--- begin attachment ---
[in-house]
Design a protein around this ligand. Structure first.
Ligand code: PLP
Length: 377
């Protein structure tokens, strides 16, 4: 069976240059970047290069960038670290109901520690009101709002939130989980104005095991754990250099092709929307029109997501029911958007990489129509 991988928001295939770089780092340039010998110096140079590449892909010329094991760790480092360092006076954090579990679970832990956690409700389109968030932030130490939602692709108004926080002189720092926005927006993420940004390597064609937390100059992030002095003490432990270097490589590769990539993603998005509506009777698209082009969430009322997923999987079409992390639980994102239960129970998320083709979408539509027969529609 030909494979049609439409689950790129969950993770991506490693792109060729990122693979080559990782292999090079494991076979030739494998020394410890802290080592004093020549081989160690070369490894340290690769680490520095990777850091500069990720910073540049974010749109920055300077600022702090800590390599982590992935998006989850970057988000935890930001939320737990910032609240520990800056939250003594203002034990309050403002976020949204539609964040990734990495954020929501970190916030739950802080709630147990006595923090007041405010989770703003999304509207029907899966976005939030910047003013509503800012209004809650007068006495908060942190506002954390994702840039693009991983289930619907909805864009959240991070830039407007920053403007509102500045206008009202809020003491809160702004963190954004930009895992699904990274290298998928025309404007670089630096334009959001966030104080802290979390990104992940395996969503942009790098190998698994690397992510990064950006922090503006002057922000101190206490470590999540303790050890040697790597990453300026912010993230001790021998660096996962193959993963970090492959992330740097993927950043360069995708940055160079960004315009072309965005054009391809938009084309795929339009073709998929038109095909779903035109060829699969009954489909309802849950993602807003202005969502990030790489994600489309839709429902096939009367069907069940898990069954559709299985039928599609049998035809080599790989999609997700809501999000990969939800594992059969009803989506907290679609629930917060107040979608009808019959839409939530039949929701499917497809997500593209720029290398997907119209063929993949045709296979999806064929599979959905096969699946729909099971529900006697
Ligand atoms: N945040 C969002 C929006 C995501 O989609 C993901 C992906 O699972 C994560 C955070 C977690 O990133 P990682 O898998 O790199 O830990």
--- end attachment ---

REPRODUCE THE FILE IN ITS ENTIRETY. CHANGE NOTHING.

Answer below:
[in-house]
Design a protein around this ligand. Structure first.
Ligand code: PLP
Length: 377
């Protein structure tokens, strides 16, 4: 069976240059970047290069960038670290109901520690009101709002939130989980104005095991754990250099092709929307029109997501029911958007990489129509 991988928001295939770089780092340039010998110096140079590449892909010329094991760790480092360092006076954090579990679970832990956690409700389109968030932030130490939602692709108004926080002189720092926005927006993420940004390597064609937390100059992030002095003490432990270097490589590769990539993603998005509506009777698209082009969430009322997923999987079409992390639980994102239960129970998320083709979408539509027969529609 030909494979049609439409689950790129969950993770991506490693792109060729990122693979080559990782292999090079494991076979030739494998020394410890802290080592004093020549081989160690070369490894340290690769680490520095990777850091500069990720910073540049974010749109920055300077600022702090800590390599982590992935998006989850970057988000935890930001939320737990910032609240520990800056939250003594203002034990309050403002976020949204539609964040990734990495954020929501970190916030739950802080709630147990006595923090007041405010989770703003999304509207029907899966976005939030910047003013509503800012209004809650007068006495908060942190506002954390994702840039693009991983289930619907909805864009959240991070830039407007920053403007509102500045206008009202809020003491809160702004963190954004930009895992699904990274290298998928025309404007670089630096334009959001966030104080802290979390990104992940395996969503942009790098190998698994690397992510990064950006922090503006002057922000101190206490470590999540303790050890040697790597990453300026912010993230001790021998660096996962193959993963970090492959992330740097993927950043360069995708940055160079960004315009072309965005054009391809938009084309795929339009073709998929038109095909779903035109060829699969009954489909309802849950993602807003202005969502990030790489994600489309839709429902096939009367069907069940898990069954559709299985039928599609049998035809080599790989999609997700809501999000990969939800594992059969009803989506907290679609629930917060107040979608009808019959839409939530039949929701499917497809997500593209720029290398997907119209063929993949045709296979999806064929599979959905096969699946729909099971529900006697
Ligand atoms: N945040 C969002 C929006 C995501 O989609 C993901 C992906 O699972 C994560 C955070 C977690 O990133 P990682 O898998 O790199 O830990």